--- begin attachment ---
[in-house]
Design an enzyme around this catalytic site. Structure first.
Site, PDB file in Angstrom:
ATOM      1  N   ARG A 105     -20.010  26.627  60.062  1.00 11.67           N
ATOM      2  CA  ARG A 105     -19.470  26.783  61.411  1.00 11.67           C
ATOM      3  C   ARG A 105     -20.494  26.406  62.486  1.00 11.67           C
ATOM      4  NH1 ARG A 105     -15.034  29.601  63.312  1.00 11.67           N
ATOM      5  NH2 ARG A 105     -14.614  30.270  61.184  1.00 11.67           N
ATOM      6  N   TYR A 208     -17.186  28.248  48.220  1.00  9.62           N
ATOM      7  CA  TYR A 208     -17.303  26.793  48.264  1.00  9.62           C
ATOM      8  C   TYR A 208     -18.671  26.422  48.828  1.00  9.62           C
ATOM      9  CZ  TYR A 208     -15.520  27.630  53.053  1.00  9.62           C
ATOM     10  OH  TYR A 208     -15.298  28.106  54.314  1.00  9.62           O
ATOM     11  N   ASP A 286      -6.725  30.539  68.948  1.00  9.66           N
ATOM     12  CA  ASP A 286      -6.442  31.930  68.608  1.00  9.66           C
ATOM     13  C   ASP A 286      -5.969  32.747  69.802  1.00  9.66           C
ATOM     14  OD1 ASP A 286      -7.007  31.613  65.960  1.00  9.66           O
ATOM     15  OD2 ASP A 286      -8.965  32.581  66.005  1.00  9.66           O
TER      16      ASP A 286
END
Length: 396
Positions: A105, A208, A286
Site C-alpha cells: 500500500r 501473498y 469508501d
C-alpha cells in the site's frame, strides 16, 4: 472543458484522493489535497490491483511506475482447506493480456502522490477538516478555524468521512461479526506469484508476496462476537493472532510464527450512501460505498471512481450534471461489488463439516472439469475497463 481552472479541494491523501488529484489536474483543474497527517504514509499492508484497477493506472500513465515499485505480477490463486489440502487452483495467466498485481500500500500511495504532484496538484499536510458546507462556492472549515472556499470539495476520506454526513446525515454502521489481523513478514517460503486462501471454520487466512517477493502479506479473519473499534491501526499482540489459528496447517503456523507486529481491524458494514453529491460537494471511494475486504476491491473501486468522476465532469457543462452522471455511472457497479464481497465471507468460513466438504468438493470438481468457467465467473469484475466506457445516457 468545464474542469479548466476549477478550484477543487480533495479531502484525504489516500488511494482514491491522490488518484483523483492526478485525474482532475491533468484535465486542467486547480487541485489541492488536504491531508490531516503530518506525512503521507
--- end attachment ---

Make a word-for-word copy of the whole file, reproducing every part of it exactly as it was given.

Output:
[in-house]
Design an enzyme around this catalytic site. Structure first.
Site, PDB file in Angstrom:
ATOM      1  N   ARG A 105     -20.010  26.627  60.062  1.00 11.67           N
ATOM      2  CA  ARG A 105     -19.470  26.783  61.411  1.00 11.67           C
ATOM      3  C   ARG A 105     -20.494  26.406  62.486  1.00 11.67           C
ATOM      4  NH1 ARG A 105     -15.034  29.601  63.312  1.00 11.67           N
ATOM      5  NH2 ARG A 105     -14.614  30.270  61.184  1.00 11.67           N
ATOM      6  N   TYR A 208     -17.186  28.248  48.220  1.00  9.62           N
ATOM      7  CA  TYR A 208     -17.303  26.793  48.264  1.00  9.62           C
ATOM      8  C   TYR A 208     -18.671  26.422  48.828  1.00  9.62           C
ATOM      9  CZ  TYR A 208     -15.520  27.630  53.053  1.00  9.62           C
ATOM     10  OH  TYR A 208     -15.298  28.106  54.314  1.00  9.62           O
ATOM     11  N   ASP A 286      -6.725  30.539  68.948  1.00  9.66           N
ATOM     12  CA  ASP A 286      -6.442  31.930  68.608  1.00  9.66           C
ATOM     13  C   ASP A 286      -5.969  32.747  69.802  1.00  9.66           C
ATOM     14  OD1 ASP A 286      -7.007  31.613  65.960  1.00  9.66           O
ATOM     15  OD2 ASP A 286      -8.965  32.581  66.005  1.00  9.66           O
TER      16      ASP A 286
END
Length: 396
Positions: A105, A208, A286
Site C-alpha cells: 500500500r 501473498y 469508501d
C-alpha cells in the site's frame, strides 16, 4: 472543458484522493489535497490491483511506475482447506493480456502522490477538516478555524468521512461479526506469484508476496462476537493472532510464527450512501460505498471512481450534471461489488463439516472439469475497463 481552472479541494491523501488529484489536474483543474497527517504514509499492508484497477493506472500513465515499485505480477490463486489440502487452483495467466498485481500500500500511495504532484496538484499536510458546507462556492472549515472556499470539495476520506454526513446525515454502521489481523513478514517460503486462501471454520487466512517477493502479506479473519473499534491501526499482540489459528496447517503456523507486529481491524458494514453529491460537494471511494475486504476491491473501486468522476465532469457543462452522471455511472457497479464481497465471507468460513466438504468438493470438481468457467465467473469484475466506457445516457 468545464474542469479548466476549477478550484477543487480533495479531502484525504489516500488511494482514491491522490488518484483523483492526478485525474482532475491533468484535465486542467486547480487541485489541492488536504491531508490531516503530518506525512503521507